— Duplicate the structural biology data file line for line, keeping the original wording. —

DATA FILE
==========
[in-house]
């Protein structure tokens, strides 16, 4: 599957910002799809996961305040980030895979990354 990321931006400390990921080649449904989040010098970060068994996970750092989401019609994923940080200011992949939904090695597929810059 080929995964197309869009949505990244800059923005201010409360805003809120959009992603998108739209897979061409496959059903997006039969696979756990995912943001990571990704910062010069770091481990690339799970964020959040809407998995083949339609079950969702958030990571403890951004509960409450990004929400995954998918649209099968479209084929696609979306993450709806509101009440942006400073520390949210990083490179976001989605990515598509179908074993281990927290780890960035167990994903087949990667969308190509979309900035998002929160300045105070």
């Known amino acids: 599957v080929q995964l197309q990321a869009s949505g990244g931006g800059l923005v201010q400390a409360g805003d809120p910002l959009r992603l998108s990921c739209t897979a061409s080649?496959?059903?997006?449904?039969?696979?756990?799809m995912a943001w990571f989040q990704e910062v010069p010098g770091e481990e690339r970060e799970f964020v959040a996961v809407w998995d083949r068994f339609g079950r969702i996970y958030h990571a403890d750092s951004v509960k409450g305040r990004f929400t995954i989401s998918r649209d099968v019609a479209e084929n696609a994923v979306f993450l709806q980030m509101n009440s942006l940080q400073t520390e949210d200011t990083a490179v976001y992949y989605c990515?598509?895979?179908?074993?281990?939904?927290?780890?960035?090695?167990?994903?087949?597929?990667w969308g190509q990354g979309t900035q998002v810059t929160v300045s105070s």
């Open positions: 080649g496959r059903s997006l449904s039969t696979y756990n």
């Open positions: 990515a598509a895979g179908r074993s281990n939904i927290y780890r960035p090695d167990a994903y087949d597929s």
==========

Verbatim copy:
[in-house]
């Protein structure tokens, strides 16, 4: 599957910002799809996961305040980030895979990354 990321931006400390990921080649449904989040010098970060068994996970750092989401019609994923940080200011992949939904090695597929810059 080929995964197309869009949505990244800059923005201010409360805003809120959009992603998108739209897979061409496959059903997006039969696979756990995912943001990571990704910062010069770091481990690339799970964020959040809407998995083949339609079950969702958030990571403890951004509960409450990004929400995954998918649209099968479209084929696609979306993450709806509101009440942006400073520390949210990083490179976001989605990515598509179908074993281990927290780890960035167990994903087949990667969308190509979309900035998002929160300045105070």
């Known amino acids: 599957v080929q995964l197309q990321a869009s949505g990244g931006g800059l923005v201010q400390a409360g805003d809120p910002l959009r992603l998108s990921c739209t897979a061409s080649?496959?059903?997006?449904?039969?696979?756990?799809m995912a943001w990571f989040q990704e910062v010069p010098g770091e481990e690339r970060e799970f964020v959040a996961v809407w998995d083949r068994f339609g079950r969702i996970y958030h990571a403890d750092s951004v509960k409450g305040r990004f929400t995954i989401s998918r649209d099968v019609a479209e084929n696609a994923v979306f993450l709806q980030m509101n009440s942006l940080q400073t520390e949210d200011t990083a490179v976001y992949y989605c990515?598509?895979?179908?074993?281990?939904?927290?780890?960035?090695?167990?994903?087949?597929?990667w969308g190509q990354g979309t900035q998002v810059t929160v300045s105070s």
């Open positions: 080649g496959r059903s997006l449904s039969t696979y756990n």
């Open positions: 990515a598509a895979g179908r074993s281990n939904i927290y780890r960035p090695d167990a994903y087949d597929s």